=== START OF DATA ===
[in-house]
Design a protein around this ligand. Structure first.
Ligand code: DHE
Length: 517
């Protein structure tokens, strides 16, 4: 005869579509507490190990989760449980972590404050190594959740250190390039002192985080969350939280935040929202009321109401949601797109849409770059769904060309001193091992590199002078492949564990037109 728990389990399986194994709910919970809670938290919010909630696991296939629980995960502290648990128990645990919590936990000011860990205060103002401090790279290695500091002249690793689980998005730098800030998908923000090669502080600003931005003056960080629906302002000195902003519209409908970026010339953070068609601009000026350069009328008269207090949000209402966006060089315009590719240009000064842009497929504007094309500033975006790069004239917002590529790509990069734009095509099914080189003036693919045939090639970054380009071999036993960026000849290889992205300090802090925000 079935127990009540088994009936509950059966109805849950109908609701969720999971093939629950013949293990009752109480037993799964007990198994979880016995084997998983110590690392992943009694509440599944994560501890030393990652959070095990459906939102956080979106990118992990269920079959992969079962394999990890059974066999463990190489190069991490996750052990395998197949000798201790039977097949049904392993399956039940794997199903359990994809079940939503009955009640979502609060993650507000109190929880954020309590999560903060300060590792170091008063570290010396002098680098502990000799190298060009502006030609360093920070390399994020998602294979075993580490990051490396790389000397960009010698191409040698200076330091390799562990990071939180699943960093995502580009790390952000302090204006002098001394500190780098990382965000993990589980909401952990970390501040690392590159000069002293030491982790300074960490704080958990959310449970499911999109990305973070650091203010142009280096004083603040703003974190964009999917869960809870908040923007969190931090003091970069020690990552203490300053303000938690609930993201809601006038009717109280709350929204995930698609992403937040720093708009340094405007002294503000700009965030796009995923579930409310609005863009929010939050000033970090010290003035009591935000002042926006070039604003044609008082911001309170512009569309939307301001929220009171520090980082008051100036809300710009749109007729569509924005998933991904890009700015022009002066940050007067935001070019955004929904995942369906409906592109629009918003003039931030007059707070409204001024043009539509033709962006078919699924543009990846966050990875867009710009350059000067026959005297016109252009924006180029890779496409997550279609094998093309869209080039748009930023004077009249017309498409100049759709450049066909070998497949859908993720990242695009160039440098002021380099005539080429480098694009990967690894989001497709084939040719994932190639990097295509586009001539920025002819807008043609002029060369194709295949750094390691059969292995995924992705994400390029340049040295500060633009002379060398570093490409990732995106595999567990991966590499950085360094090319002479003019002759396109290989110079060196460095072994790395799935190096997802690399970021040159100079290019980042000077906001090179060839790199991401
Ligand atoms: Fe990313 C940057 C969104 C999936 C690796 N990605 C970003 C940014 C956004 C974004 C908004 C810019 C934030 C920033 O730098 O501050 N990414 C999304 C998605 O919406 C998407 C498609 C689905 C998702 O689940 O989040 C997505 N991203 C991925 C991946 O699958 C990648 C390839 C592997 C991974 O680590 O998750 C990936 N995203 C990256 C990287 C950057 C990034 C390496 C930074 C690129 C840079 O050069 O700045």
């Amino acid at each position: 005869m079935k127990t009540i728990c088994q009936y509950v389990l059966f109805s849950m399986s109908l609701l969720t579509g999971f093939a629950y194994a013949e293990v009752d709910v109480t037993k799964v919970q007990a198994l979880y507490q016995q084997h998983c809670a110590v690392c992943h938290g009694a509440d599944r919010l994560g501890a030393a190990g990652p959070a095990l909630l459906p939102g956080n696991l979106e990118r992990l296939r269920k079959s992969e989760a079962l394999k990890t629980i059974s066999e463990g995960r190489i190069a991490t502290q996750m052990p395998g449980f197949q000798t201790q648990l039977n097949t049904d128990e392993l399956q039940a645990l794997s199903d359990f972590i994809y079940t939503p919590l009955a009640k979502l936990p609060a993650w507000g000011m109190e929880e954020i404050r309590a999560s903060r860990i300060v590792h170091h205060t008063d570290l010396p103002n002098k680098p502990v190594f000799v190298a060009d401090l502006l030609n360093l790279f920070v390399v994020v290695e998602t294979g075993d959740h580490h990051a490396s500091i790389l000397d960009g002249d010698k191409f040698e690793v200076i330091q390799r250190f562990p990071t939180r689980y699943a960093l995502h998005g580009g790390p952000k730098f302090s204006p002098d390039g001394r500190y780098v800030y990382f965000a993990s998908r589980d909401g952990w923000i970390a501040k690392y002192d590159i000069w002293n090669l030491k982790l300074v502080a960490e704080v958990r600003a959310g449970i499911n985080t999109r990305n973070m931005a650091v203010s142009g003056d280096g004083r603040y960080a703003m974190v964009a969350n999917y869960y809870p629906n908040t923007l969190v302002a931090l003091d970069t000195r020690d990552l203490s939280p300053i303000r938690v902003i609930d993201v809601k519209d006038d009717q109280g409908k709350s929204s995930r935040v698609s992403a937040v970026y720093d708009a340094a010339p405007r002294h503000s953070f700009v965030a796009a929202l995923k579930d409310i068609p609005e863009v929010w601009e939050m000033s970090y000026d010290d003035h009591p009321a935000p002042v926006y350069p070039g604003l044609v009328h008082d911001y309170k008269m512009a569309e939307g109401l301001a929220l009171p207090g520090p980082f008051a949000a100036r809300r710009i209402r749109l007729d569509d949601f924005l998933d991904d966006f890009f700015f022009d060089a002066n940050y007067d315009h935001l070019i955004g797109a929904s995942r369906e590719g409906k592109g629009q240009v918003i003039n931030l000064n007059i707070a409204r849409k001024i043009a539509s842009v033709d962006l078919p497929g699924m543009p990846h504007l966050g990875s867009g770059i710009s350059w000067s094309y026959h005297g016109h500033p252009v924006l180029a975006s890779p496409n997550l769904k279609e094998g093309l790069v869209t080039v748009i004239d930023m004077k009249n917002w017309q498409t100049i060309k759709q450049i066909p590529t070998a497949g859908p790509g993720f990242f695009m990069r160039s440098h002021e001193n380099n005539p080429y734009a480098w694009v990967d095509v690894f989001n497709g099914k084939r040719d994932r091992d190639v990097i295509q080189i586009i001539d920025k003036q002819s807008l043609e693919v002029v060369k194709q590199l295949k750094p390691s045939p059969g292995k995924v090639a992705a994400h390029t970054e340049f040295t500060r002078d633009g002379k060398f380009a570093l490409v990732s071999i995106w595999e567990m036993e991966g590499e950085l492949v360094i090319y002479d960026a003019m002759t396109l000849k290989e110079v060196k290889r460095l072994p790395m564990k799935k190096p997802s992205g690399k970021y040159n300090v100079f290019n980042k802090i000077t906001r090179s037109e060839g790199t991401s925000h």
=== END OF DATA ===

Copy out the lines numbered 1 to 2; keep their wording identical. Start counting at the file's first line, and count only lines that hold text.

[in-house]
Design a protein around this ligand. Structure first.